Writing Programs

I don’t own any of these images, I got them from a google search!


What Writing Program is Best??

One thing I’ve noticed is writers are never content with the programs they have to write. They’re always looking for bigger and better things to help them get their stories out. I decided I’m going to share with your how I got my start. I can only share my honest opinions. They may not (and usually don’t) work for everyone!

When I first started writing regularly I was writing with a pencil and paper. I carried around a green leather binder with loose leaf papers in it. That thing went everywhere with me. Eventually I had so many papers and things lying around my dad bought me an upgraded fabric binder. This binder was really cool. It was a between the size of a binder and a small brief case. It zipped up and had lots of folders, and still room for loose leaf papers. I was in heaven. I hand wrote everything (and even did some sketches which were pretty good for a middle schooler!)

But then I had a friend who showed me his writing notebook. It was a spiral bound notebook he wrote in with pencil (we both agreed pens sucked because you couldn’t erase anything) but, to our horror, the pencil was starting to smudge into unrecognizable gray blotches! He continued to write by hand though, just switched to a pen. I couldn’t ever bring myself to that extreme, so I ended up using our home desktop computer and Microsoft Word to, at the end of every day, type out what I had hand written at school. I did this for ages. I loved this format. I used to call my hand written draft my first draft and the typed up copy my second draft because I would usually edit as I went.

When I was 15 I used the money I’d earned while working at a boy’s summer camp to buy my first laptop. Once I had my own computer I dedicated it to writing. SO MANY FOLDERS and subfolders littered my desktop. I started writing my story directly on the computer, using my paper and pencil to write while on the run. (Give me another year or so, get deeper into high school studies, and I’ll give up the paper and pencil idea completely. My wrists hated me after that and I’ve never been able to write as long without hurting myself.)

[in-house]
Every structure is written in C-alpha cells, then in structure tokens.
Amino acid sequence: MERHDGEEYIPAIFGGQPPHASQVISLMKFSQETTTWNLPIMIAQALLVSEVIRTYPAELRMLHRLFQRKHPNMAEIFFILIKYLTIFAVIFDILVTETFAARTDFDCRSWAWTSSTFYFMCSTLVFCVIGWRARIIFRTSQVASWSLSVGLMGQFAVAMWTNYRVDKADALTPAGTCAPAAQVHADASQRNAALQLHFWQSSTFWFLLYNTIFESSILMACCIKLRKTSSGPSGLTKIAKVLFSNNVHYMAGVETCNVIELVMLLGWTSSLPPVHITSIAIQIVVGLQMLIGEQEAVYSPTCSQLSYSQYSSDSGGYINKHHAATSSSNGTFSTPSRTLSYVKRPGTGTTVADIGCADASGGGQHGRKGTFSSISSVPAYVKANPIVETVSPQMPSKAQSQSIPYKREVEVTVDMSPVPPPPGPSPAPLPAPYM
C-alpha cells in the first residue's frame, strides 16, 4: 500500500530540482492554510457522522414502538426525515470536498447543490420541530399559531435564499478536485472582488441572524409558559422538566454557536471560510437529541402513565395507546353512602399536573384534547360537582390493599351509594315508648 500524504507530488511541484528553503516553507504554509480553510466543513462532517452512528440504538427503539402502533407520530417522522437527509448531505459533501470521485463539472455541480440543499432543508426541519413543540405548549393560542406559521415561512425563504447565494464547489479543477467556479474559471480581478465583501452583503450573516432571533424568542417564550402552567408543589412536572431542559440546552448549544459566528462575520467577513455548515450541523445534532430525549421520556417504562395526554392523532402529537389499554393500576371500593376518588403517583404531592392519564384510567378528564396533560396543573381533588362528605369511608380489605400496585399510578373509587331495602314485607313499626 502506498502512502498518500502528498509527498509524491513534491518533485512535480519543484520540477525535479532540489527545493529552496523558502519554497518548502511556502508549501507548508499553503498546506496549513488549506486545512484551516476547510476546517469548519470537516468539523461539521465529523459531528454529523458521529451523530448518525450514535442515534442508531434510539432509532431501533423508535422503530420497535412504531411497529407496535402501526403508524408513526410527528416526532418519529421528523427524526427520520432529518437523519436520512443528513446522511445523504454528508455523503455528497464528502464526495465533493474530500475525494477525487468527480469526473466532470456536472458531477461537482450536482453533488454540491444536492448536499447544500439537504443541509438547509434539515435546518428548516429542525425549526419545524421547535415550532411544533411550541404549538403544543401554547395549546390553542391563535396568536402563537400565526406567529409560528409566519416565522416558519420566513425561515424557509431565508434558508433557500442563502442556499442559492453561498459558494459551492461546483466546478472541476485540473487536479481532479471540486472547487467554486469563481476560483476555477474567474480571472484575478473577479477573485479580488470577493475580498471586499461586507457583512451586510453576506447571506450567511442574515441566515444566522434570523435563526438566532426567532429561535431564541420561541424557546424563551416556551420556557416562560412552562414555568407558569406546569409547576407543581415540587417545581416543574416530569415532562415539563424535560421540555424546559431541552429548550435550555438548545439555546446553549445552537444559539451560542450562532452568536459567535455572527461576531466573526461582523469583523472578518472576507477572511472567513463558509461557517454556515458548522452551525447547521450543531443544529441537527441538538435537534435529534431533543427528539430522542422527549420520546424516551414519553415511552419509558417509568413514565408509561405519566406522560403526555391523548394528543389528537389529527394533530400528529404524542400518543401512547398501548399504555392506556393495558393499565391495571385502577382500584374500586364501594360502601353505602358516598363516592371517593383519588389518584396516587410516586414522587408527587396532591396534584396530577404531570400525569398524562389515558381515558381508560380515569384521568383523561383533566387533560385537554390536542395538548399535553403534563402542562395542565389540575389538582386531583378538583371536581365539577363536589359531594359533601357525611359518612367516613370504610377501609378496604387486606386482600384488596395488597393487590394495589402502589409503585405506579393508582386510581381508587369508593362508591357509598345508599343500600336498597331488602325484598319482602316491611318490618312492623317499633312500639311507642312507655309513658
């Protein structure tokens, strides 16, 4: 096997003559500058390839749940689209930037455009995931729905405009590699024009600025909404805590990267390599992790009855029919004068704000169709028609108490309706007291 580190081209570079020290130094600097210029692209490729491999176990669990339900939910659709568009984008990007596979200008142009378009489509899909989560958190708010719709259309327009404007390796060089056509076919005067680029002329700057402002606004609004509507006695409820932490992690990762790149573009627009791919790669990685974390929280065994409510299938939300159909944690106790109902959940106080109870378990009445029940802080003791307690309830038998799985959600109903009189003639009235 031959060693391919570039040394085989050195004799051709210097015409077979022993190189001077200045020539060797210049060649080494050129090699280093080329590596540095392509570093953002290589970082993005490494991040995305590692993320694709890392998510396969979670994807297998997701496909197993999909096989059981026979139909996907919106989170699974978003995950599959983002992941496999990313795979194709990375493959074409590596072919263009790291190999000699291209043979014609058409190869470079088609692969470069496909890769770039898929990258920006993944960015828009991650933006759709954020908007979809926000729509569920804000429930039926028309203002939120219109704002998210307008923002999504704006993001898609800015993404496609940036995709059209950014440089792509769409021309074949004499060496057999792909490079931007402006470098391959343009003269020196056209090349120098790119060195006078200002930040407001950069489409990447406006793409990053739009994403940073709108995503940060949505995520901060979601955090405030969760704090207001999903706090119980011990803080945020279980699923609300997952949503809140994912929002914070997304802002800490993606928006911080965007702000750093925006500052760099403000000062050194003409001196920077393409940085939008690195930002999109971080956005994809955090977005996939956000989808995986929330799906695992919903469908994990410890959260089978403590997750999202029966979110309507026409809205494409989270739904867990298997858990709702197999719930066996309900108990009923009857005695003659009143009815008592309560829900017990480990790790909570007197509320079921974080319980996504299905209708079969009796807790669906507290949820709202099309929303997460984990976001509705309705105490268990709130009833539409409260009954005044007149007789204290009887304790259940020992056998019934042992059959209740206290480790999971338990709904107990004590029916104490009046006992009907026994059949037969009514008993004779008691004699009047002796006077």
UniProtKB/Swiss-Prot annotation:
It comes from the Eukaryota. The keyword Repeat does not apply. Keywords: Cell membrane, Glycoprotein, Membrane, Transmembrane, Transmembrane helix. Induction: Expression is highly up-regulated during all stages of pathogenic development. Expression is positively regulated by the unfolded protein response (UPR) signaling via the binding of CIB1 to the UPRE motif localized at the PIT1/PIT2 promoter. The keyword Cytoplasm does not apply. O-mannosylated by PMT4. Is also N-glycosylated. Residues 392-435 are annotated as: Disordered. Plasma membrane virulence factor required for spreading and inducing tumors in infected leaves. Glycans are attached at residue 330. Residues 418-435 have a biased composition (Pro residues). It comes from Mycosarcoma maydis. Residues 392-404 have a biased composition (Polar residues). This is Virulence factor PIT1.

Microsoft Word was my go to program for ages. It has all the functions a writer needs! From multiple drafts, to compare versions, to track changes, to comments. It was a writer’s dream come true! Except for one small detail. I couldn’t take it everywhere with me. I was tired of carrying around notebooks and papers everywhere I went. So I started looking for a mobile something.

I came to the decision that Google Documents and Google Drive were basically the same thing. Even better, I could share letter by letter updates with my friends who were interested in reading my stories. I could still track changes and leave comments. I didn’t like it as much as Microsoft Word because Google needed a lot of internet and my computers were usually slow when trying to use it. But it made for a useful on the go helper.

Now, this year I decided to try something new. I knew our Nanowrimo program gave a winner’s discount for Scrivener whenever you won, so I decided to look into that program. It became my reward for winning a year of Nano! (First in forever.) I used the Nano Trial for the month of November and started getting used to it. And then, when I managed to finally win, I used my discount code to buy the complete version. I love the capabilities it has! Instead of my having lots of folders and subfolders to sift through for my novel, I have one folder, and my Scrivener document! And in this document I can save photos, references, and so much more. Then I can split screen (and see, for instance, my notes about how my magic system works while I write someone who’s using magic. Or I can have a character’s sketch/image open while I write their description) and continue on with my day. I love the full screen option I have and the super easy export options.

Now, all of these programs have drawbacks. But here’s where I currently stand.

  • Write the rough draft in Scrivener (with the help of scribbled notes at work if necessary)

  • Export the finished draft to a Microsoft Word document. Send this format to beta readers so they can read however they feel most comfortable doing so

  • Either edit in Microsoft Word (at the moment mine is not cooperating though) or in Google Docs (which I can access on my phone, computer, or tablet all simultaneously or separately on the go!)

  • Reformat your finished product in Microsoft Word to give it the appearance you need it to have.

I hope this explanation of my program process makes sense. I love hearing what other authors do, so let me know what your process is!